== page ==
Bergen Energy Lab (BEL)

The Future of Energy

Marte Godvik
Marte Godvik - Statoil
UiB Energy Lab
Sunney Fotedar, Estee Vermeulen and Rouzbeh Siavashi
Sunney Fotedar, Estee Vermeulen and Rouzbeh Siavashi
UiB Energy Lab

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A mini-conference organized and run by students from the UiB/HiB energy master for the Energy Lab was held Thursday the 3rd of November. During this conference three keynote speakers from BKK, Statoil and Greenstat presented their views on the future of energy.

Professor Peter M Haugan started the mini-conference by presenting the Energy Lab and the UiB/HiB energy master. He also reminded the master students about five 10 000 NOK grants that will be awarded by the Hordaland County Council to those who want to write a master thesis related to their climate action plan.

Asgeir Thorsteinsson is the head of the section “Strategic asset management of BKK power plants” in BKK. BKK is a nearly 100-year old power company, with their core business in hydropower and deep roots in western Norway. In later years BKK has also engaged in other activities, such as contracting services, district heating, metering of energy and internet, TV and telecom.

According to Asgeir, the future is happening right now. Alternative energies such as wind and solar are increasing, investors are withdrawing from coal and large global companies such as Google and Apple are positioning for renewable energies. We are moving towards a more decentralized energy system, but hydropower will remain a central part of it. Hydropower can be stored for prolonged periods, produced on demand, easily adjusted and can also be used to decrease flood peaks. Therefore, as the core competency of BKK, hydropower will also be very important for the company in the future.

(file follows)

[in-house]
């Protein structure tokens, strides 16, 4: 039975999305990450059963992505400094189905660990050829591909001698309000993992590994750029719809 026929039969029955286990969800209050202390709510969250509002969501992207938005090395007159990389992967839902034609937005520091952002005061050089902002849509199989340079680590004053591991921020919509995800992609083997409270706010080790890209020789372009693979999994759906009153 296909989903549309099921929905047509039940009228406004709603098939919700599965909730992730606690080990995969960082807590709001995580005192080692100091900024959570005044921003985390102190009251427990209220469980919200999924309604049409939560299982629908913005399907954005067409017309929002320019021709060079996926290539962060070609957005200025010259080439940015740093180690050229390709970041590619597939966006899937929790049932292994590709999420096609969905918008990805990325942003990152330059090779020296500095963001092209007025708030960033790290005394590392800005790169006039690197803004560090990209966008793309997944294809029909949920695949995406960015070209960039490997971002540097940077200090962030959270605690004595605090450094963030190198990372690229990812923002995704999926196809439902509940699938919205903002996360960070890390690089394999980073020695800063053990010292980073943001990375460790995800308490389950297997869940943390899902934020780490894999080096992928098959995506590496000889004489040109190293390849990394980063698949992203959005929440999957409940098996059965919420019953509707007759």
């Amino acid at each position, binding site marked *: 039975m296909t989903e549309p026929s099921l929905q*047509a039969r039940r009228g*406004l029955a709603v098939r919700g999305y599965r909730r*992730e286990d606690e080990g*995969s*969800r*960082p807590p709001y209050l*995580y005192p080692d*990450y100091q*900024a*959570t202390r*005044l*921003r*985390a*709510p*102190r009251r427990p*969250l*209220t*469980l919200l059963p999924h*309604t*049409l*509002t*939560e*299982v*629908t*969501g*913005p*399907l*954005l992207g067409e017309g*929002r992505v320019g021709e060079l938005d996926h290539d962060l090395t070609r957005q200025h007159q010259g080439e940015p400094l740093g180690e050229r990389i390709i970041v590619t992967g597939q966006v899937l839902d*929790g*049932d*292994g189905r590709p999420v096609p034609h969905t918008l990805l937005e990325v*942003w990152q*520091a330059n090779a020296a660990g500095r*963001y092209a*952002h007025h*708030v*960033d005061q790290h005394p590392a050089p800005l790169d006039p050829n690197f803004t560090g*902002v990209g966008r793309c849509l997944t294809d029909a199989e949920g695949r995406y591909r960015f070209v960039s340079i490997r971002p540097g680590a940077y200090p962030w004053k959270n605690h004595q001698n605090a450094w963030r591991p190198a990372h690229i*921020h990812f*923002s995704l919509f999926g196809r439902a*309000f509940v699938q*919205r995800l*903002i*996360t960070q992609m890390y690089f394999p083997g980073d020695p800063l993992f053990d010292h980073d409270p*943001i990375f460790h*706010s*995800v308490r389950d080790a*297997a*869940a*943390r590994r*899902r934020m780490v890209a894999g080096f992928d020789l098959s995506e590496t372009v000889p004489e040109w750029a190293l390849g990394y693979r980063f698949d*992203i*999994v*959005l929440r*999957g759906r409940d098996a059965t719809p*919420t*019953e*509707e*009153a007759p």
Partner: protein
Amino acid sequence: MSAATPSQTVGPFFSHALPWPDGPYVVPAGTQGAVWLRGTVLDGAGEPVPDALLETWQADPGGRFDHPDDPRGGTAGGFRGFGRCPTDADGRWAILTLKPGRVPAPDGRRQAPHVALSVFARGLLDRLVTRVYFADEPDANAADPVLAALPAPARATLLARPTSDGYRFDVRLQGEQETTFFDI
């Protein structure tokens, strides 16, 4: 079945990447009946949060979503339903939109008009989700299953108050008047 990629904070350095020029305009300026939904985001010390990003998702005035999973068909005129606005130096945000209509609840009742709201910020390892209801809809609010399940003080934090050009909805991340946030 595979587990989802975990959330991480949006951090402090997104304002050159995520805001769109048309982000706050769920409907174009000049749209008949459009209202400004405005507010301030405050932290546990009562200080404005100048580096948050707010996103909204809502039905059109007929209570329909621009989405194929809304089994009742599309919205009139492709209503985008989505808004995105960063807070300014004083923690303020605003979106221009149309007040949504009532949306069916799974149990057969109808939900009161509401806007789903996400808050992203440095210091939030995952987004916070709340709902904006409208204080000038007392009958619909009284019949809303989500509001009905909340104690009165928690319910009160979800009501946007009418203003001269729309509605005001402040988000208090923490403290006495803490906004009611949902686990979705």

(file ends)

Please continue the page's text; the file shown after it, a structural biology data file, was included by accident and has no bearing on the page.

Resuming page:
BKK is also thinking new, and will target other segments than hydropower. For example through new focus areas such as local energy solutions, design of energy systems and charging stations.

Marte Godvik is a principal researcher at Statoil, and is working mainly on modelling and simulation of loads and responses for both bottom-fixed and floating offshore wind turbines.

Statoil is a large multinational oil and gas company. In 2015 they announced a new business area called New Energy Solutions, which aims to build a portfolio of new, non- oil and gas options. Their focus is primarily on offshore wind and carbon capture and storage (CCS).

Statoil installed the world’s first full scale floating turbine about ten kilometres off the south-west coast of Norway. The turbine has had an overall capacity factor of 40 %, and the installed active motion controller has helped the floater to have no negative impacts on the performance of the turbine.

The Hywind concept has now been further developed, and in 2017 a pilot wind park consisting of five turbines will start producing electricity from the wind outside Scotland.

Statoil is also involved in several other offshore wind projects. All their wind projects currently in progress, including Sheringham Shoal and Dudgeon, will in total deliver 1100 MW enough to power more than a million homes.

The final presentation was held by Vegard Frihammer, the founder of Greenstat. Greenstat is a relatively new company, originally created as the “new green Statoil”. It was officially founded the 18th of September 2014, on the same date as Statoil was founded in 1972.

Greenstat focuses on mainly three areas, green insight, local energy and hydrogen. Their vision is to develop and run projects related to sustainable energy and technology, and also projects that help the transition from fossil to renewable energy production and consumption.

In the green insight area, Greenstat makes fact-based future scenarios and investigates which technologies will be the winners in the “green shift”. Through local energy, Greenstat believes that through the large price reductions we see on solar, wind and energy storage today we will soon reach “socket parity”, i.e. the local energy solutions can produce power at a lower price than the electricity from your sockets.

Finally, and maybe the area that has received the most focus, is hydrogen. Greenstat aims to be a large-scale producer of hydrogen, to be used as fuel to ships, personal vehicles, for industrial use, back-up and storage and also for export. A colleague of Vegard, Tomas Fiksdal visited the Energy Lab lunch-meeting the 1st of November. He gave a talk entirely about Greenstat’s efforts on hydrogen. You can read more about this on page 7.    

A big thanks to Estee Vermeulen, Sunney Fotedar and Rouzbeh Siavashi for organizing and running the very successful event!